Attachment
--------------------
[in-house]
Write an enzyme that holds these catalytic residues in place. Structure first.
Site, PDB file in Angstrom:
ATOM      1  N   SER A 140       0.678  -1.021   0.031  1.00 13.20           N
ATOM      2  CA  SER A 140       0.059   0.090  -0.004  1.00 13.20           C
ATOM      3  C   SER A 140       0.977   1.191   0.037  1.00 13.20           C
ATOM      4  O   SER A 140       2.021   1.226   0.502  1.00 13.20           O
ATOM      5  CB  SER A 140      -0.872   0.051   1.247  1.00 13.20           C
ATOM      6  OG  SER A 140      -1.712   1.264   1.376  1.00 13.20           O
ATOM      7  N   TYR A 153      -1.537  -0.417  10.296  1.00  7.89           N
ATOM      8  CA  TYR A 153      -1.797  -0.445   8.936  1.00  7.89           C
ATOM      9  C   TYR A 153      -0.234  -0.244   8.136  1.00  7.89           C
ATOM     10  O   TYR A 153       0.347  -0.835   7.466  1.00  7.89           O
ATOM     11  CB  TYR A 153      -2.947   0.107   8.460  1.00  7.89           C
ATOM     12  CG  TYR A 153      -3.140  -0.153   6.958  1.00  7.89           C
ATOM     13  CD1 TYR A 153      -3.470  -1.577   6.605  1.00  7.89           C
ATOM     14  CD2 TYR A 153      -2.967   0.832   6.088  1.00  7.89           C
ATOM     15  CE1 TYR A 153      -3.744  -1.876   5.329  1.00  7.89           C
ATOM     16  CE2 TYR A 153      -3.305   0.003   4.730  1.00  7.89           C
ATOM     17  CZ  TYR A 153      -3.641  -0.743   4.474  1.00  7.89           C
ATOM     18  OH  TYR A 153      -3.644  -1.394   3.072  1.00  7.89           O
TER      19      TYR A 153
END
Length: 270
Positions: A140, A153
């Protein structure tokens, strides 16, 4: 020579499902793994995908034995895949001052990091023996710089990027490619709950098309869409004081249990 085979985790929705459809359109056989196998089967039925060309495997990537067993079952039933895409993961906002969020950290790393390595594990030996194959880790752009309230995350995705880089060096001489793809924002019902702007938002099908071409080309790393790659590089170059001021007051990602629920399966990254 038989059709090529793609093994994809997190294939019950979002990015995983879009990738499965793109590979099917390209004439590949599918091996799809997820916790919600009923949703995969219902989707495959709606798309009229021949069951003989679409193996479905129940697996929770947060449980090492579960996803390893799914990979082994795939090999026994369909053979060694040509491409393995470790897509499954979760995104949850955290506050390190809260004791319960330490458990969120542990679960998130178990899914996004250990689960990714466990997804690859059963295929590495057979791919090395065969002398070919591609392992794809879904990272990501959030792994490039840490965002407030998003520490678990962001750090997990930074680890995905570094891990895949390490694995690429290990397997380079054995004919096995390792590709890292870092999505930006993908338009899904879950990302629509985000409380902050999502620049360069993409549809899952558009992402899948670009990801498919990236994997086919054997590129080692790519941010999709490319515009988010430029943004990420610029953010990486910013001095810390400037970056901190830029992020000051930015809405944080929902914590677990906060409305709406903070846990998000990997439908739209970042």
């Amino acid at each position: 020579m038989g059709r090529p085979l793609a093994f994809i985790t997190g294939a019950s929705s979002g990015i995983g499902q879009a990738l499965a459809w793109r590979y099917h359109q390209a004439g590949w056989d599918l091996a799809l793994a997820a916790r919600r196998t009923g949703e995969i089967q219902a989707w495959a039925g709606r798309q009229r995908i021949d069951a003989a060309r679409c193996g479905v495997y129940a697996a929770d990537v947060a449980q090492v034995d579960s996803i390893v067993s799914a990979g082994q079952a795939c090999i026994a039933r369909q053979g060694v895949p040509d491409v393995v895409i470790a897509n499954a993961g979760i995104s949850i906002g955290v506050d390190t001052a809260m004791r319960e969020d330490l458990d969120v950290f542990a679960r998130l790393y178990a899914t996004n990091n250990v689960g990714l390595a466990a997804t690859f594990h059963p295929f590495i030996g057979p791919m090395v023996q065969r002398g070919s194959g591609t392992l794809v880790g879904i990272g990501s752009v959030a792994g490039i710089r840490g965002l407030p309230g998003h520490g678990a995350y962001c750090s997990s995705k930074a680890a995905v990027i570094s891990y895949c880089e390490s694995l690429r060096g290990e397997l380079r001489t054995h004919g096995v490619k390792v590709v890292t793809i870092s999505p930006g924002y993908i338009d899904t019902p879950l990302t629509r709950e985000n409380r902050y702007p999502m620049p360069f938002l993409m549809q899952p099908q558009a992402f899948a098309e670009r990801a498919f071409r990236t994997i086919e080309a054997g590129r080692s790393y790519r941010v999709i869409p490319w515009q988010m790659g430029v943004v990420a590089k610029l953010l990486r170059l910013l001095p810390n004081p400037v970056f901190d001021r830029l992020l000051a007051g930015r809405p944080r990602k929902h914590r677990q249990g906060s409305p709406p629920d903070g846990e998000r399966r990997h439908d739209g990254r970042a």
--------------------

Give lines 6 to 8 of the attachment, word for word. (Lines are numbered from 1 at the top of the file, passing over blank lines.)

ATOM      3  C   SER A 140       0.977   1.191   0.037  1.00 13.20           C
ATOM      4  O   SER A 140       2.021   1.226   0.502  1.00 13.20           O
ATOM      5  CB  SER A 140      -0.872   0.051   1.247  1.00 13.20           C